From time to time, the Observer likes to get the feel of the city’s pulse when possible controversial issues come up.

Such was the case on our recent unscientific Facebook poll question: “Should Rio Rancho Public Schools Superintendent Sue Cleveland get the same increase in pay as teachers and other school staff?”

The Facebook question “reached” 3,235 people, which impressed us. Some people thought she deserved the raise and others did not.

Teachers and other unionized staff recently received a raise of 6 percent, or an increase to the state-mandated minimum salary for their position and qualification, whichever was greater. With the RRPS board giving Cleveland the 6-percent bump, too, she now makes $196,524 a year.

Yes, 6 percent of the $185,400 salary she previously made since July 1, 2018, is more than 6 percent of $45,000. Still, we think it’s fair that she get the same percentage increase because she’s contributed to the overall good, albeit not perfect, quality of the schools here.

Let’s remember that she also turned down raises during multiple years when finances were particularly tight and sometimes didn’t get an increase for four or five years.

On the other side of the Rio Grande, Raquel Reedy has been the superintendent of Albuquerque Public Schools for less than two years, received a starting salary of more than $263,000 and the APS board has been considering giving her an 11-percent raise.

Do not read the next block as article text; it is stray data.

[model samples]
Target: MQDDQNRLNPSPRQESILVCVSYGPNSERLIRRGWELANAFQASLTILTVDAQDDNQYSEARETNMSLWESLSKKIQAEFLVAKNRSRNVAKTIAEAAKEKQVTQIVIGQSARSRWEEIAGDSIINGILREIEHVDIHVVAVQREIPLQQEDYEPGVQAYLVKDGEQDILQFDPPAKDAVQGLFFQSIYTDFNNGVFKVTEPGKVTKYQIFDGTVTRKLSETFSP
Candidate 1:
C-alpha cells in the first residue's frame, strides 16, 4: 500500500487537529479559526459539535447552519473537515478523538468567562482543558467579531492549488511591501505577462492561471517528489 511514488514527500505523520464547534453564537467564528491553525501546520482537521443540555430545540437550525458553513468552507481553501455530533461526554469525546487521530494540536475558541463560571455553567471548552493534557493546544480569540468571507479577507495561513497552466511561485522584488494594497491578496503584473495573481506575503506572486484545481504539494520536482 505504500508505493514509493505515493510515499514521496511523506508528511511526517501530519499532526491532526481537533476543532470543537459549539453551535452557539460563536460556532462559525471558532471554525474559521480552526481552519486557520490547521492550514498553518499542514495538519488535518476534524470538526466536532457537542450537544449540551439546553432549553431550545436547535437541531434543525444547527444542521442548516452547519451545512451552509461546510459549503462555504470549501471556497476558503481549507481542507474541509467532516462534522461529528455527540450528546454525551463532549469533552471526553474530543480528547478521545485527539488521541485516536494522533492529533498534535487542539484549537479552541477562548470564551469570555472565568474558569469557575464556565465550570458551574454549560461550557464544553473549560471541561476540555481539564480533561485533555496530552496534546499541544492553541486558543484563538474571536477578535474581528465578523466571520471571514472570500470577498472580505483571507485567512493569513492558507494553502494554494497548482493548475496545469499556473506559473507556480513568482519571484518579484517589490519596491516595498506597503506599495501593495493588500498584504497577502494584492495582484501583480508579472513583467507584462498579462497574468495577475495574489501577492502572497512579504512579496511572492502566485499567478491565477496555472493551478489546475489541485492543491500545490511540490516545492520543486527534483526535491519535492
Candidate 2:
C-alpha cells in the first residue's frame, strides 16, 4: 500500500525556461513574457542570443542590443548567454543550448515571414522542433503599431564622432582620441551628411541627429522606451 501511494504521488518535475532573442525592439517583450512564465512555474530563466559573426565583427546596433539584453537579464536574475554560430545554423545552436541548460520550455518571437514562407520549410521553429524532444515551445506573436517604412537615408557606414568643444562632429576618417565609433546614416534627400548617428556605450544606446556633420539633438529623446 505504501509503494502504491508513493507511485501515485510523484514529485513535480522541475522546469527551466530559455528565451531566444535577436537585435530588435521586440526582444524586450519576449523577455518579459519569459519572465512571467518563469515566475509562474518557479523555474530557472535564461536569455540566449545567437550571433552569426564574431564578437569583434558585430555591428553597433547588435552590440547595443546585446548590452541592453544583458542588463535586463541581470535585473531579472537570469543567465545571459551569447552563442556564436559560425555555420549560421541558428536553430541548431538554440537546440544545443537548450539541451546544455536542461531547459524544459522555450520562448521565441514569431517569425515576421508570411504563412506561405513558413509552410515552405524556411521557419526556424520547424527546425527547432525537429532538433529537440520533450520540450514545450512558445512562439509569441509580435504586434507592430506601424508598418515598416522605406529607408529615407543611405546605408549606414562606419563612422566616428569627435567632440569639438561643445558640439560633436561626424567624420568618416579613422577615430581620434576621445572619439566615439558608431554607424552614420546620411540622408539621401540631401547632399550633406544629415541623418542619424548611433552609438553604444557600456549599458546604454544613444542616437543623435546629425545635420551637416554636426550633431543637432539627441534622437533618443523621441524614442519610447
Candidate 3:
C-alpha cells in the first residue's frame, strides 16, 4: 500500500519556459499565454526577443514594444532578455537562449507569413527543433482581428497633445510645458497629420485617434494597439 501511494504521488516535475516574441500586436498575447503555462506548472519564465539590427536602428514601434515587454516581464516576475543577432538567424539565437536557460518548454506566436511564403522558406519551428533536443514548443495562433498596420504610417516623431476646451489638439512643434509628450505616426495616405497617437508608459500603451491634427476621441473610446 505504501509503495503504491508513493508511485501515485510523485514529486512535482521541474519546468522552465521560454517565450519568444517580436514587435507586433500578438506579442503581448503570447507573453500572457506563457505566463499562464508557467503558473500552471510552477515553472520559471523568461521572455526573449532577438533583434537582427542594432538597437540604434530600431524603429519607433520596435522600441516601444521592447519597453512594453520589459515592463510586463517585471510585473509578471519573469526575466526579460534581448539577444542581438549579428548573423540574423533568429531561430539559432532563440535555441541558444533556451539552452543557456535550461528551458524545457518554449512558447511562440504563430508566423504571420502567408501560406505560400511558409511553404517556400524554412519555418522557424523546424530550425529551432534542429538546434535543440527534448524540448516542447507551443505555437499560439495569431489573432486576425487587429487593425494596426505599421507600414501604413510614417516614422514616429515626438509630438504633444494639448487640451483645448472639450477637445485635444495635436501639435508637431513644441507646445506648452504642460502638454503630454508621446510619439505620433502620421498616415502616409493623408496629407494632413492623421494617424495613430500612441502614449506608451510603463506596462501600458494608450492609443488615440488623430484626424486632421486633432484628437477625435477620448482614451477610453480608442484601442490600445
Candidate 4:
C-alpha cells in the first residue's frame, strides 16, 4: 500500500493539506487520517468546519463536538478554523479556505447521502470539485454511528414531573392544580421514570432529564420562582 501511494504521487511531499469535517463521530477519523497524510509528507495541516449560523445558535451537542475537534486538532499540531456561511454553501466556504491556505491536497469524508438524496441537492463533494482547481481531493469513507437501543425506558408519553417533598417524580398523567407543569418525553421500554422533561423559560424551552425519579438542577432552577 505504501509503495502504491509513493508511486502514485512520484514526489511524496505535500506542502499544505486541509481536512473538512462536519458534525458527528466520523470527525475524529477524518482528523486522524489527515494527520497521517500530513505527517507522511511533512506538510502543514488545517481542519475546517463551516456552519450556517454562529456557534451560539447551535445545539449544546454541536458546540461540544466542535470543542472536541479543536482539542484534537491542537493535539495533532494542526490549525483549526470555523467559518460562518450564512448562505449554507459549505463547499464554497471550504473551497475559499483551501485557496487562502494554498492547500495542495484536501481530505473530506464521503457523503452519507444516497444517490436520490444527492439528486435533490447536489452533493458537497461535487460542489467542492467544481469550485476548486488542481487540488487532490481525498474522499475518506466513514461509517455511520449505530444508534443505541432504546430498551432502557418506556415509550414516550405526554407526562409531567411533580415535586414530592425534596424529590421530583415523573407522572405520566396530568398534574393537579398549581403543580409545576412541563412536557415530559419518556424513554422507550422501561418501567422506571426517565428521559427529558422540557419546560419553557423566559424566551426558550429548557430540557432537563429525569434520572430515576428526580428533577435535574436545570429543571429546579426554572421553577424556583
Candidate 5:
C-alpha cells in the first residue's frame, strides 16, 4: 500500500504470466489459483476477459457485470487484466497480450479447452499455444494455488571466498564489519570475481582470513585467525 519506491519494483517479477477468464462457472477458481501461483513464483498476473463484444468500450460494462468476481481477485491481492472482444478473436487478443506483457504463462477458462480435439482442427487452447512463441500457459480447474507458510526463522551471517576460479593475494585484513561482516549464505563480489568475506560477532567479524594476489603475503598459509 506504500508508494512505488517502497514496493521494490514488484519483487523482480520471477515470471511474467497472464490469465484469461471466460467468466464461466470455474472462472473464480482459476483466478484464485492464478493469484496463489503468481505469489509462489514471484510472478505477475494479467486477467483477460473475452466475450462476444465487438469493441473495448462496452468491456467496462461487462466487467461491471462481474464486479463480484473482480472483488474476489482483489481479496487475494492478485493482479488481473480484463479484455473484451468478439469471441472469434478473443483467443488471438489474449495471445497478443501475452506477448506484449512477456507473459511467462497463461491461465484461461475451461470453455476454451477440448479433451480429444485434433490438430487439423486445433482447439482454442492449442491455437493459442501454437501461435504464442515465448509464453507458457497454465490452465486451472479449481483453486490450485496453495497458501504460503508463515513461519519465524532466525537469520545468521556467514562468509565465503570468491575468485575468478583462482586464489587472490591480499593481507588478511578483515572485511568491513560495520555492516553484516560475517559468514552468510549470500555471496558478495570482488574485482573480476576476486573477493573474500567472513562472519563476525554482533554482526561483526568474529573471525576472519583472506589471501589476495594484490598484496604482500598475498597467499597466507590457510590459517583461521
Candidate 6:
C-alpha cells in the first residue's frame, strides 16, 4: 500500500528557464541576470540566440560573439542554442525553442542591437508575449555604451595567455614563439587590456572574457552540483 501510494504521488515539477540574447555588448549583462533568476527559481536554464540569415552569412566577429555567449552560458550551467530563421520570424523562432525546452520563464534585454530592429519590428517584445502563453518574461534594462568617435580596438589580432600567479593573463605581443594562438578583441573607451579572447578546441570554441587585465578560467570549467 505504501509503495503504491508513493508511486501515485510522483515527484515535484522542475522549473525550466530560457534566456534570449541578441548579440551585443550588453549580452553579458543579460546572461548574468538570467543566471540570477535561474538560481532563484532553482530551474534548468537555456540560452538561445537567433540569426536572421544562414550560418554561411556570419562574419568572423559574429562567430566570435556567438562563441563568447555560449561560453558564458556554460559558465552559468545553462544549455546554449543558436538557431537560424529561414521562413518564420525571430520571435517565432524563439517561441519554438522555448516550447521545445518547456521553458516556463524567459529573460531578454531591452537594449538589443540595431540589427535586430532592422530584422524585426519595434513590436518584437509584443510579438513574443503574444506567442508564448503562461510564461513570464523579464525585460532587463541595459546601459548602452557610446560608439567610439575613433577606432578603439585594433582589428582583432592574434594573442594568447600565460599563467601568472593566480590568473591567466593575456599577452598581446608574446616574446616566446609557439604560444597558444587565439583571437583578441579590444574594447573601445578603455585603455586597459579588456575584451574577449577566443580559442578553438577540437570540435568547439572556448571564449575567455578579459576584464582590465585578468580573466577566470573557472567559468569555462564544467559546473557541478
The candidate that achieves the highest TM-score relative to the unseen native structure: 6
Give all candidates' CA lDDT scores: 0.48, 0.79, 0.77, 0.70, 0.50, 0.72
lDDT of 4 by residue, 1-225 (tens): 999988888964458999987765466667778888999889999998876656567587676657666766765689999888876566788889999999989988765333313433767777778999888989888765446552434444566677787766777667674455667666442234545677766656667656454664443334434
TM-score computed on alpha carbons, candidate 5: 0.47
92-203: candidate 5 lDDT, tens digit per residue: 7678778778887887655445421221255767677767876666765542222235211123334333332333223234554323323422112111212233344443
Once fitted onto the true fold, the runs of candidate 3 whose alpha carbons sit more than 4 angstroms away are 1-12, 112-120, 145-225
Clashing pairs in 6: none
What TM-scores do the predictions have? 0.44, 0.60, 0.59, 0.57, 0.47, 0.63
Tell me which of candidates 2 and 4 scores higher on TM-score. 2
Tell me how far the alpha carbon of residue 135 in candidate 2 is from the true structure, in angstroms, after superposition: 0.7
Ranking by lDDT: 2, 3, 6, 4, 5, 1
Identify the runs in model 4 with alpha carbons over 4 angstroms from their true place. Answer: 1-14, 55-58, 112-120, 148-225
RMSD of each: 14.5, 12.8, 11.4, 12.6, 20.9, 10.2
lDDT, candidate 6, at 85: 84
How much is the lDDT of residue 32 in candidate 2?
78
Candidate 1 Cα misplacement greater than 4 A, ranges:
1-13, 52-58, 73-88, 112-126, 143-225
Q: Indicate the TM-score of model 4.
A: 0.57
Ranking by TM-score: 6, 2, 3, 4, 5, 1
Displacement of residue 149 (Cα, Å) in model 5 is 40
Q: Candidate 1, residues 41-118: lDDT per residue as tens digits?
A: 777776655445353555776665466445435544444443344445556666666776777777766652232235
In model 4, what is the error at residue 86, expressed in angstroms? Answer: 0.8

Keep in mind, APS has gone through 10 superintendents and several expensive contract “buyouts” in the past 25 years while Cleveland has been at RRPS all that time.

Going back to the Facebook question, the debate was heated. We’re all for public dialogue, and we respect people’s right to disagree.

Some comments got out of hand, though.

In fact, one respondent was banned for over-the-top disparaging remarks. That’s not the way to respond to any issue.

Please, avoid ugly name-calling on our Facebook page, if you want your comments to continue to be welcome there.

Some people said Cleveland shouldn’t get a raise because the teachers should. Apparently they didn’t notice the statement in the question itself, or in two prior newspaper stories, that the teachers had already gotten a raise.

Reading the question thoroughly before responding is appreciated.

True, the teachers are the ones in the proverbial trenches, working hard to help your children succeed in their studies and ultimately graduate. We greatly appreciate them and their work.

Still, at the top of that pyramid is Cleveland, who does her best to get the best educators, get them raises when the money is available, deal with legislators and get the district its fair share of money, and be aware of every policy and matter coming before the school board, to either recommend passage or maybe tweak a policy before it’s passed.

It’s not an easy job. Who are we to say what a top executive is worth?

We shouldn’t quibble about a 6 percent raise, as everyone else working for the district received a 6 percent bump, too.